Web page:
I have the aurea (yellow) variety, and I have not found it to be invasive (yet) after a few years. It's a lovely-looking plant, and it spreads a little every year, but only a little. In several areas I planted it, it did not even survive at all (too little sun, maybe). It is a true ground-hugger, and I find that it does very poorly when buried under leaves. So if you are having a problem with it running rampant in your garden, you may just want to let your leaf litter sit on top of it through the winter and spring. That will suppress it rather effectively, I think. Just an idea.


On Apr 16, 2015, marlene67 from Indianapolis, IN wrote:

Pretty plant, but it actually Jumped a basket and has started to root itself. would have to agree with invasive.


On Feb 3, 2014, coriaceous from ROSLINDALE, MA wrote:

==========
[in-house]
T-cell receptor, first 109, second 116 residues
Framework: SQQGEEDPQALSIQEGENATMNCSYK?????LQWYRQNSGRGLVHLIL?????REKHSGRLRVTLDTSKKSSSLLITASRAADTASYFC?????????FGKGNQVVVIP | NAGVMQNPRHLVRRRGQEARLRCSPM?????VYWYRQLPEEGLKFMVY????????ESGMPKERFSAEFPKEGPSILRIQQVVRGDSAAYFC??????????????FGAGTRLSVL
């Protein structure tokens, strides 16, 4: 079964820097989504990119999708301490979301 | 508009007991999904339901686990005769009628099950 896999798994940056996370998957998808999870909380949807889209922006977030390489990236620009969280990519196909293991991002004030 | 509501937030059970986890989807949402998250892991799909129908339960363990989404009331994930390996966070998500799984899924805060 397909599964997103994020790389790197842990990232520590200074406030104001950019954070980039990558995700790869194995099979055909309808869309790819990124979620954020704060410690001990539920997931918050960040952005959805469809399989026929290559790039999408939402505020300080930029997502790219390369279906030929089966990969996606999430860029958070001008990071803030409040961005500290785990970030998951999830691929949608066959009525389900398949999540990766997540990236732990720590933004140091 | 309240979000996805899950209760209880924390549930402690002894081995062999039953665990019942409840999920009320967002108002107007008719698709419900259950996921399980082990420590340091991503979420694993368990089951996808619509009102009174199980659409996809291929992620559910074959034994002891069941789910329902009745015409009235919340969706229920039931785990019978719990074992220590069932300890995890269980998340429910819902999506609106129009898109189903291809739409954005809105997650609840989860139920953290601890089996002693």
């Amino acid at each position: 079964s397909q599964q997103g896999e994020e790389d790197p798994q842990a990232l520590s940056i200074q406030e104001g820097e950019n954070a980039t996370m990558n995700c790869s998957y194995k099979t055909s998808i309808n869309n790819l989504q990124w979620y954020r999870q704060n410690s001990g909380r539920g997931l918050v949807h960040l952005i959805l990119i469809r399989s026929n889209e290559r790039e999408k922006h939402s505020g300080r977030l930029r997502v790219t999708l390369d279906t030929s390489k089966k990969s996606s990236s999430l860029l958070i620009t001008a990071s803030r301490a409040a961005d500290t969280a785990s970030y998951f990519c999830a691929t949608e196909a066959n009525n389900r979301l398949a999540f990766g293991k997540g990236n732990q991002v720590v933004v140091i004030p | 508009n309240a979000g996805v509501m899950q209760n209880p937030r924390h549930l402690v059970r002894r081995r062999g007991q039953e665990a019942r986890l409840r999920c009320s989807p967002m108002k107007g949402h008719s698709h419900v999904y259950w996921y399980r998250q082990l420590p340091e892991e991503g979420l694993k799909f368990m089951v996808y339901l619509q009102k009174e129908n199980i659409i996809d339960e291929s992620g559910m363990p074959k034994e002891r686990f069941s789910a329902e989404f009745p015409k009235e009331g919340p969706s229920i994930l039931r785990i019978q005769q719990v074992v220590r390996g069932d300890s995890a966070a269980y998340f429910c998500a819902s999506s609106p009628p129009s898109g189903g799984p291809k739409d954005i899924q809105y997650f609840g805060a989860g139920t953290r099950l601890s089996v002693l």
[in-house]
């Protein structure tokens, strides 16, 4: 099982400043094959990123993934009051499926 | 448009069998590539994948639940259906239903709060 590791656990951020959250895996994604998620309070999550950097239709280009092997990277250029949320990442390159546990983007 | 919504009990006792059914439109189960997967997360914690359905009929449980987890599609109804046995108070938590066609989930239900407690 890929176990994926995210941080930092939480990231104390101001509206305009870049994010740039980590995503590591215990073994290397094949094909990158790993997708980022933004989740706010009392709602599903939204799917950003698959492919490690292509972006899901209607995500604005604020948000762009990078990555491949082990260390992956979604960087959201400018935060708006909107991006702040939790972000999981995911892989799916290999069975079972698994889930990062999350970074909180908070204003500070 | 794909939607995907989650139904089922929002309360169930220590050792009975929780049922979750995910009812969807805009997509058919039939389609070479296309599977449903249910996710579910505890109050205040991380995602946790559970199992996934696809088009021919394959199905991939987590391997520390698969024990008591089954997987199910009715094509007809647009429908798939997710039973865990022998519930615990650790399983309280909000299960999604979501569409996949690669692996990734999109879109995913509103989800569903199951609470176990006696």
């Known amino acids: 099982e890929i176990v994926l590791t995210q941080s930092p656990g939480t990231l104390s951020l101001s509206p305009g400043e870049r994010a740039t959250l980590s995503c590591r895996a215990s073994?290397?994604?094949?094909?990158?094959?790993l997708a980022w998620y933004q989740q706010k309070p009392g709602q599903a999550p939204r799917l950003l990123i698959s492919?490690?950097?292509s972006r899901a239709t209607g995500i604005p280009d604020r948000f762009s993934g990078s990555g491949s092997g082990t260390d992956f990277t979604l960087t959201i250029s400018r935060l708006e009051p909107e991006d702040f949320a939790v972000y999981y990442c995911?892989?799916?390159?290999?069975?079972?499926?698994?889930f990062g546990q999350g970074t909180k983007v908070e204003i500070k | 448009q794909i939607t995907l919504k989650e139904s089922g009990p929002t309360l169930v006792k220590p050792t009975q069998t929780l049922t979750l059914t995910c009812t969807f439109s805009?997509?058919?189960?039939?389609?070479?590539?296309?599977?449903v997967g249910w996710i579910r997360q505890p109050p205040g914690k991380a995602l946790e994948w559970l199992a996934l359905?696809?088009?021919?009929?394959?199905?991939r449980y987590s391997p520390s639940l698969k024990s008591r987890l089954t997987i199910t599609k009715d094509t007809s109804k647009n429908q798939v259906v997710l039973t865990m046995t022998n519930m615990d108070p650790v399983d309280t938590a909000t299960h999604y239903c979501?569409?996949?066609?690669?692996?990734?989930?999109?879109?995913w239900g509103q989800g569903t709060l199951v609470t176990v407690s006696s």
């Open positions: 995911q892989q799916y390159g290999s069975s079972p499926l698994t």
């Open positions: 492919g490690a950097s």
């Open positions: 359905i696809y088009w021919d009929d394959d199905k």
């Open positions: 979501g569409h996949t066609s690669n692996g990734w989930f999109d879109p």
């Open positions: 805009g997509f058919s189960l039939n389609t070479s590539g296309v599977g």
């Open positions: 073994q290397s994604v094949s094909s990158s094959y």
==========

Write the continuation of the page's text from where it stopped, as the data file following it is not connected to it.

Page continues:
Before it was prohibited here (Massachusetts), I bought two plants for use in containers. The client planted them in the beds without telling me, and it took only a few months to become an ineradicable weed, both in the borders and also in the lawn. (This is a no-herbicide garden.)

This plant creeps quickly along the ground and roots at every node. In our heavy soil, the roots are stronger than the stems, and if I pull, the stem snaps above the nearest rooted node. That makes it as hard to remove from the lawn as ground ivy (Glechoma hederacea), which has a similar habit and is also a problem in this garden.

This species is native to Europe and widely naturalized throughout the US. There is widespread concern about its invasion of natural habitat, especially ... read more


On Nov 12, 2013, ilv2grdn from Cross Timbers, MO (Zone 6a) wrote:

I have this plant in several places throughout my flowerbeds Although many have said that it is invasive, however, I think it is a quick, simple fix for problem areas and and for erosion control. I have had these for 15 years and I have not experienced the problems that others have mentioned. I'm in zone 6a.